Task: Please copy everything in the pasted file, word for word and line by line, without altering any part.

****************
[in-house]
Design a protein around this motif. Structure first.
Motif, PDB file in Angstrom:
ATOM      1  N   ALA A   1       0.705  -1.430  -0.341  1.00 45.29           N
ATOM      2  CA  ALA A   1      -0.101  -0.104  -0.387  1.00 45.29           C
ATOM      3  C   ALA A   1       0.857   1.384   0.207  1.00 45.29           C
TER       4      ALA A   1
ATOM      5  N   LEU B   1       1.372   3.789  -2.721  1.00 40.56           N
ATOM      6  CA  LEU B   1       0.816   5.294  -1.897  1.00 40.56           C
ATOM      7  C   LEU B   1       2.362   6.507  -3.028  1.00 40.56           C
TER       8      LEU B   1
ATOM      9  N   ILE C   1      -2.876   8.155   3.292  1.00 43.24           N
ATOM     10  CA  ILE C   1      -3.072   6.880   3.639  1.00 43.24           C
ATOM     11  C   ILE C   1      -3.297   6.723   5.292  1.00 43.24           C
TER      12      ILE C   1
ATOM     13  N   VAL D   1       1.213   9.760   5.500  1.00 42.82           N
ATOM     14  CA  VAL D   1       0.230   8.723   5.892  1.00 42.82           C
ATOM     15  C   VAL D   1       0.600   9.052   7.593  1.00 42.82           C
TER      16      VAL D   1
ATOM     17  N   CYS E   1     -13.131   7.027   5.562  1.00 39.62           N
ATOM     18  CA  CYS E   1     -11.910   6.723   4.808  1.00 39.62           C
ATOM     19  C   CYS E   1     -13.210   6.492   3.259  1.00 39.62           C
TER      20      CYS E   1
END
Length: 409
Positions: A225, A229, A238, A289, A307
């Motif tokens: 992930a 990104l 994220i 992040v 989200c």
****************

[in-house]
Design a protein around this motif. Structure first.
Motif, PDB file in Angstrom:
ATOM      1  N   ALA A   1       0.705  -1.430  -0.341  1.00 45.29           N
ATOM      2  CA  ALA A   1      -0.101  -0.104  -0.387  1.00 45.29           C
ATOM      3  C   ALA A   1       0.857   1.384   0.207  1.00 45.29           C
TER       4      ALA A   1
ATOM      5  N   LEU B   1       1.372   3.789  -2.721  1.00 40.56           N
ATOM      6  CA  LEU B   1       0.816   5.294  -1.897  1.00 40.56           C
ATOM      7  C   LEU B   1       2.362   6.507  -3.028  1.00 40.56           C
TER       8      LEU B   1
ATOM      9  N   ILE C   1      -2.876   8.155   3.292  1.00 43.24           N
ATOM     10  CA  ILE C   1      -3.072   6.880   3.639  1.00 43.24           C
ATOM     11  C   ILE C   1      -3.297   6.723   5.292  1.00 43.24           C
TER      12      ILE C   1
ATOM     13  N   VAL D   1       1.213   9.760   5.500  1.00 42.82           N
ATOM     14  CA  VAL D   1       0.230   8.723   5.892  1.00 42.82           C
ATOM     15  C   VAL D   1       0.600   9.052   7.593  1.00 42.82           C
TER      16      VAL D   1
ATOM     17  N   CYS E   1     -13.131   7.027   5.562  1.00 39.62           N
ATOM     18  CA  CYS E   1     -11.910   6.723   4.808  1.00 39.62           C
ATOM     19  C   CYS E   1     -13.210   6.492   3.259  1.00 39.62           C
TER      20      CYS E   1
END
Length: 409
Positions: A225, A229, A238, A289, A307
């Motif tokens: 992930a 990104l 994220i 992040v 989200c």